The Pivot to SDN: Enabler or Impediment?

If you’re like me, you’ve already grown tired of the word “pivot” when used to describe a shift in a company’s strategy, a politician’s lies, or an industry’s focus. Yet indeed it appears as if the cloud computing industry’s focus has suddenly shifted, er, pivoted, from processing and storage to networks.

VMware’s $1-billion+ Nicira acquisition, followed quickly by Oracle’s sort-of-related Xsigo acquisition has turned our heads. Suddenly, the network is the most important thing, and SDN is the new star peaking through the clouds. Never mind that is a LAN technology, not really SDN. A network by any other name…

Fortunately, the letters “SDN” don’t have nearly as snappy an appearance or sound as “cloud,” so we miserable scribes, analysts, and marketeers are in no danger of having to pivot anytime soon.

There’s more good news here in that it’s high time we started talking more about the network, specifically the Internet, aka the “cloud” in “cloud computing.” Network failovers have been the culprit behind the recent AWS blackouts – and this has not been the fault of the Internet, but rather the way we’re managing it.

The new focus on networking virtualization software is no doubt making people at Cisco nervous. It seems to me this shouldn’t be the case except for those in the organization who have to plan long-term market growth – SDN in theory should make Internet plumbing vastly more efficient, thereby reducing future demand for it. But we’re so far from optimizing network traffic, and the anticipated growth in traffic fueled by small devices and video should maintain a strong demand for Internet tubes, pipes, valves, and fittings for a long time.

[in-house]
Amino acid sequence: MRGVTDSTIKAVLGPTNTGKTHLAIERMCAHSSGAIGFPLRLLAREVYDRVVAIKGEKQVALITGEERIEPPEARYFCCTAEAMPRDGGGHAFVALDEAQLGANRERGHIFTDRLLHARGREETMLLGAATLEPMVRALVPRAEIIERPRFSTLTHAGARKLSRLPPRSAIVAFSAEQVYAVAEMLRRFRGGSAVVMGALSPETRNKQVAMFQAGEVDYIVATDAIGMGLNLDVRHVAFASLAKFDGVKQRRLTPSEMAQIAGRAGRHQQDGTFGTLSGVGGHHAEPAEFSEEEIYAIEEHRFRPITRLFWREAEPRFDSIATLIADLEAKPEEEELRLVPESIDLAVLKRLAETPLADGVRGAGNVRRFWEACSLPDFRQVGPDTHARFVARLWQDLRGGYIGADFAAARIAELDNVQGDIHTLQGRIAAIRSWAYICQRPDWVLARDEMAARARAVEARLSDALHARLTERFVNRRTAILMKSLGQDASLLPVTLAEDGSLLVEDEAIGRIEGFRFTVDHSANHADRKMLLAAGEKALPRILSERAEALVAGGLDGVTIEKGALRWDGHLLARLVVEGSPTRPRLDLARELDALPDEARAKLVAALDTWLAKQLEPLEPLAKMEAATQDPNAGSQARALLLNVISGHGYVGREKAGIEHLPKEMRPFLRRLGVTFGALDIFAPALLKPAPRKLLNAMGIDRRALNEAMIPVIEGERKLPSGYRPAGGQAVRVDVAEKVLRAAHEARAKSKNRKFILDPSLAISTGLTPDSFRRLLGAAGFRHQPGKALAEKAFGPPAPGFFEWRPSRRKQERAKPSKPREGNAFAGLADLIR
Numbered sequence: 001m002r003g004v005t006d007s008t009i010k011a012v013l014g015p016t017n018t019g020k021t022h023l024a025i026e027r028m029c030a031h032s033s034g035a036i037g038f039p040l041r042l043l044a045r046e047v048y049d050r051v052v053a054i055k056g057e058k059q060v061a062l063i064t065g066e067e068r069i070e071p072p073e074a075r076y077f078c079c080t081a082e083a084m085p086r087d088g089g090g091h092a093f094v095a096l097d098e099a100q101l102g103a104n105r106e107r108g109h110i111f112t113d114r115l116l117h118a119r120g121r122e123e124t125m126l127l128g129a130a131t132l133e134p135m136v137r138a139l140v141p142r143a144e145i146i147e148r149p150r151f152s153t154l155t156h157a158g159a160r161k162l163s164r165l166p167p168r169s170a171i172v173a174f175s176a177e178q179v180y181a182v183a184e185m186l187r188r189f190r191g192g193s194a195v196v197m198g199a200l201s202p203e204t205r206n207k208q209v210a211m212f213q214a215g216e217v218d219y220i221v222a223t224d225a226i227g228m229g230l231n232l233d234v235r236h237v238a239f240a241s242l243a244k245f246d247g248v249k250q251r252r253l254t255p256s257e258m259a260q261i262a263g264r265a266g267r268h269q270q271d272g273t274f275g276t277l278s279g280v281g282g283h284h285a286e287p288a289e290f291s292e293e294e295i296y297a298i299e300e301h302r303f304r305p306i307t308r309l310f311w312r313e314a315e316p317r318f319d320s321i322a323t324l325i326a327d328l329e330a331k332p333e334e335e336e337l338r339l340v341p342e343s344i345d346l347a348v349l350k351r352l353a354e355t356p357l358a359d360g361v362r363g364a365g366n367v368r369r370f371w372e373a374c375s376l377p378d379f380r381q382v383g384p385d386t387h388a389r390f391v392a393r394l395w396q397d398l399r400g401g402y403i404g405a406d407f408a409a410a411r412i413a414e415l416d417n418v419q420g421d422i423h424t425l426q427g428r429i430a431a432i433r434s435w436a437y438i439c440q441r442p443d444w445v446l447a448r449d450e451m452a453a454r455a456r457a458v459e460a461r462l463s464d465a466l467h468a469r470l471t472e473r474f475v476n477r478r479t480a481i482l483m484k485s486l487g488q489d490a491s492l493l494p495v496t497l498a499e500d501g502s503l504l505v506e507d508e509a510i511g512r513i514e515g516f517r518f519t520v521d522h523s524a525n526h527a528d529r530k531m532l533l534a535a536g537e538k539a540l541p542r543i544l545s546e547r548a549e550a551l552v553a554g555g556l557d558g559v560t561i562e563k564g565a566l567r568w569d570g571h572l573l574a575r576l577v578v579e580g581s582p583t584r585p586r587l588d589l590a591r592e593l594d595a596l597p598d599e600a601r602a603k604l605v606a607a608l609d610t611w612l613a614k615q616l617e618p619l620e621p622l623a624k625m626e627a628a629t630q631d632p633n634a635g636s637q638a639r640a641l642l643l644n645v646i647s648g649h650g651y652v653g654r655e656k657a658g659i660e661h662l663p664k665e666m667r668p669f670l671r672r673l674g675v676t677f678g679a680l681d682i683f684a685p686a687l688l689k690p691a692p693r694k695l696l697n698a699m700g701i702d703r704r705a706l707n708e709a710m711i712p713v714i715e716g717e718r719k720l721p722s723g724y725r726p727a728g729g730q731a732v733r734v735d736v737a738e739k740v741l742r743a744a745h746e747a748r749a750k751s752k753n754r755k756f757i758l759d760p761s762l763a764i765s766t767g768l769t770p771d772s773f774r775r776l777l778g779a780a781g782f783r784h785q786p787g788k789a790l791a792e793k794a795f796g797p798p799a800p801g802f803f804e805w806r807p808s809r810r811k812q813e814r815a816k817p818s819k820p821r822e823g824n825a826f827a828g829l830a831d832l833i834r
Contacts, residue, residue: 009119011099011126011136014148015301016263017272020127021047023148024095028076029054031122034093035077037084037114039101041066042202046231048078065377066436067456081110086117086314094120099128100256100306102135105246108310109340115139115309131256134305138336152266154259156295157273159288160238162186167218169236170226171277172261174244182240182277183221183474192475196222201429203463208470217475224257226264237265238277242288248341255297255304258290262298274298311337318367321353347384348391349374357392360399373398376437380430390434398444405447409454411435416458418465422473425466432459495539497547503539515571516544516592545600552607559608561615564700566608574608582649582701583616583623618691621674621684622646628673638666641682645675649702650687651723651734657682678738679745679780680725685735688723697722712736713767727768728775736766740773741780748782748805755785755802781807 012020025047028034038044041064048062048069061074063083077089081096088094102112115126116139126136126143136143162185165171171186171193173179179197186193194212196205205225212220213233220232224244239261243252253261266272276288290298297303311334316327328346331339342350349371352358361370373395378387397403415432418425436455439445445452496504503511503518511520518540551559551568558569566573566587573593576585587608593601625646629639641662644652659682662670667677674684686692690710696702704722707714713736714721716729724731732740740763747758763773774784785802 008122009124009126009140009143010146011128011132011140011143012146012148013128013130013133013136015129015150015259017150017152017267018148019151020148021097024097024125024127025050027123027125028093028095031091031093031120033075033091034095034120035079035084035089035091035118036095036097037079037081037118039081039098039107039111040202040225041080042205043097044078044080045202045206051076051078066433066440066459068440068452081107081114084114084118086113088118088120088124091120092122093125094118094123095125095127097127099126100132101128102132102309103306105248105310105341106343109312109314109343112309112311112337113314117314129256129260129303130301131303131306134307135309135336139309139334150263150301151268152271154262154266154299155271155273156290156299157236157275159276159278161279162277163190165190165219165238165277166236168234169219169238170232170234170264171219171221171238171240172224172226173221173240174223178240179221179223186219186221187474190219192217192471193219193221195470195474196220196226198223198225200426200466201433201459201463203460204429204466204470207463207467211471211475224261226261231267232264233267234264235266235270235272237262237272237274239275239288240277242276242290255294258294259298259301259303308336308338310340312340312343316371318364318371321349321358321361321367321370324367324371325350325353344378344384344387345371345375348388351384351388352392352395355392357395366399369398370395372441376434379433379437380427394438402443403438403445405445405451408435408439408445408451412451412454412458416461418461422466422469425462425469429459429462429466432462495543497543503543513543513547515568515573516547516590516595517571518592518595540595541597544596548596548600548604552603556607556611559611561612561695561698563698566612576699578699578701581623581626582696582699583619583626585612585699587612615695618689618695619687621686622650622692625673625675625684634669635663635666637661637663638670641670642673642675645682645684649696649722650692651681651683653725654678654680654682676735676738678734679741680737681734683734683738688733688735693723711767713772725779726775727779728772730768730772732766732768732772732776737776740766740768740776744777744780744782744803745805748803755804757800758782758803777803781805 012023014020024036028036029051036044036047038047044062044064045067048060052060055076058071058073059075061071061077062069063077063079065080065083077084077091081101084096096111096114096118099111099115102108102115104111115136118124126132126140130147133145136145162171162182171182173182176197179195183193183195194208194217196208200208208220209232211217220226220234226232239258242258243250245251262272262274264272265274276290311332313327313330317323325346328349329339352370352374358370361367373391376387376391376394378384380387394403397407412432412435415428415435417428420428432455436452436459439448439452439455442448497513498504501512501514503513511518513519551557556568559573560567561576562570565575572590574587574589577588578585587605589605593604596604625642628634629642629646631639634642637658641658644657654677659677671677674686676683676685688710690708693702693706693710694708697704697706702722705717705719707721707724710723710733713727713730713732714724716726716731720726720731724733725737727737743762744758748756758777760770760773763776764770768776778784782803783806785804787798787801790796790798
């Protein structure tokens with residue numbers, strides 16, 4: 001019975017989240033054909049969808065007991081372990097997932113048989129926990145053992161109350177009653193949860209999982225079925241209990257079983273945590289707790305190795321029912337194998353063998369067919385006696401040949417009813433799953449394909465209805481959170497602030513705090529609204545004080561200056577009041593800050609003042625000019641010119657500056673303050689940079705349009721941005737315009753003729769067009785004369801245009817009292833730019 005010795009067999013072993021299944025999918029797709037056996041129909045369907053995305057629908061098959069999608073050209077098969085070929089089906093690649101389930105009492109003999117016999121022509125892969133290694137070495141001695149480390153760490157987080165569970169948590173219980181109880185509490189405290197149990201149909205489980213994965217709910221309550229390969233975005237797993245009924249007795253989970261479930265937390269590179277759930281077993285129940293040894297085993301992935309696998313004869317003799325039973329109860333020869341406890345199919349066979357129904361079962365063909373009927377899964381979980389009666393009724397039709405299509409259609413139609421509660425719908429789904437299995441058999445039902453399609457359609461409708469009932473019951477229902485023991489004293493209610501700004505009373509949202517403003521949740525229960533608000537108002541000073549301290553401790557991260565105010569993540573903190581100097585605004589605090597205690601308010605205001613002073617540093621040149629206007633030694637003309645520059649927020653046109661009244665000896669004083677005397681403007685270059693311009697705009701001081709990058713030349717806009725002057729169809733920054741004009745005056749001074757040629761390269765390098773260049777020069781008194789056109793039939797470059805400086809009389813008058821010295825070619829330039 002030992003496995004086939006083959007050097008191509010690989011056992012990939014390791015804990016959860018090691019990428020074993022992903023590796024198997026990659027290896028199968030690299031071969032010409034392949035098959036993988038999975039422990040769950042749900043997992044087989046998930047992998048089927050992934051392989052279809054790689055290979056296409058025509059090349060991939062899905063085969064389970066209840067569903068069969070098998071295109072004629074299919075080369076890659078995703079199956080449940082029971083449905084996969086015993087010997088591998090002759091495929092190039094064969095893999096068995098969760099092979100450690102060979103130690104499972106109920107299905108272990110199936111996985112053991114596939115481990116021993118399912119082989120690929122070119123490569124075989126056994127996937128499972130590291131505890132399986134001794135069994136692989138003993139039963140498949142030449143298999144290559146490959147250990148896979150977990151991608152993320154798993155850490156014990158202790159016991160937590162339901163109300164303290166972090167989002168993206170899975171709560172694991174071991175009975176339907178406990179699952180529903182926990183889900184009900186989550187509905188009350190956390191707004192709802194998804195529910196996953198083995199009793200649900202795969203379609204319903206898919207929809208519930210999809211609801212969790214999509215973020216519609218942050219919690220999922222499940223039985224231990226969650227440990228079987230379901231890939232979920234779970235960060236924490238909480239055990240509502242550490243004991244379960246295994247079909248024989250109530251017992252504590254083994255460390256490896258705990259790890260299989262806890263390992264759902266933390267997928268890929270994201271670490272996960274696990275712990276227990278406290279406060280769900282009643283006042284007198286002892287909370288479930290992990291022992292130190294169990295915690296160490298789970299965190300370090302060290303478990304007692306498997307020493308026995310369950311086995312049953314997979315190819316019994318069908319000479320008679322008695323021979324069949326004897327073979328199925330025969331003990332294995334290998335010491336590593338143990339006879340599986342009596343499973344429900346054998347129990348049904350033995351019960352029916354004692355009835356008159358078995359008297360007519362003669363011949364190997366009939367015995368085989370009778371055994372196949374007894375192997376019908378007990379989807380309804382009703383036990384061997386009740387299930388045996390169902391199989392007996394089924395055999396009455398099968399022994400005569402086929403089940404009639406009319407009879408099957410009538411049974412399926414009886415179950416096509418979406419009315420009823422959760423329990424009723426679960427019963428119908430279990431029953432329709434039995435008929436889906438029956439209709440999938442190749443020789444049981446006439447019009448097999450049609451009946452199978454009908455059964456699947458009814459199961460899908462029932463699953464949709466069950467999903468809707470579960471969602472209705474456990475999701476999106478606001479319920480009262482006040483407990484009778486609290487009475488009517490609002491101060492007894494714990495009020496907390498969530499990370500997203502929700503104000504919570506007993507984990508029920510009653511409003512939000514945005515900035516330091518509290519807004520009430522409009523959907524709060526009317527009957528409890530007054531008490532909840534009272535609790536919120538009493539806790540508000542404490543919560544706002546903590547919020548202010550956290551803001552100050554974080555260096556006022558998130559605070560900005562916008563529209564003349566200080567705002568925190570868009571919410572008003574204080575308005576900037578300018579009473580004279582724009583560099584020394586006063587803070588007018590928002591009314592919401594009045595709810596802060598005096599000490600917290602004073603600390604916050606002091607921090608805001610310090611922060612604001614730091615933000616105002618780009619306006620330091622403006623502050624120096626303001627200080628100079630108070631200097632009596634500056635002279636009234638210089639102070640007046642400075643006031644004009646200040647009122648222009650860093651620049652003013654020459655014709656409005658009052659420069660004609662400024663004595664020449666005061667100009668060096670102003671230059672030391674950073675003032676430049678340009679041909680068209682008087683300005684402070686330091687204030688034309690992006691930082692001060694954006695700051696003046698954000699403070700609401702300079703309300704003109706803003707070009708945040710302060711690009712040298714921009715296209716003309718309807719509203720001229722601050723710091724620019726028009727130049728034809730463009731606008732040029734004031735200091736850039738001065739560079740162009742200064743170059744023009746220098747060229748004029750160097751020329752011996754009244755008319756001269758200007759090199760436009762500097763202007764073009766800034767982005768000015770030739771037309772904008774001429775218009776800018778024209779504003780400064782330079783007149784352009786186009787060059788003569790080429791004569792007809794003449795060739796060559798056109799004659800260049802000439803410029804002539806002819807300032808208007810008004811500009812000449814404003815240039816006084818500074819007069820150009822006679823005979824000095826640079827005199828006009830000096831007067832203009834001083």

The real challenge to the big vendors and to enterprise buyers is to future-proof plans that may look like they’ll become obsolete before they’re deployed. This is a great time for analysis paralysis within the world of cloud computing.

So the question to me is, does SDN pivot mean that potential bottlenecks which impeded plans are now removed, or has it added a layer of complexity that will further impede plans?

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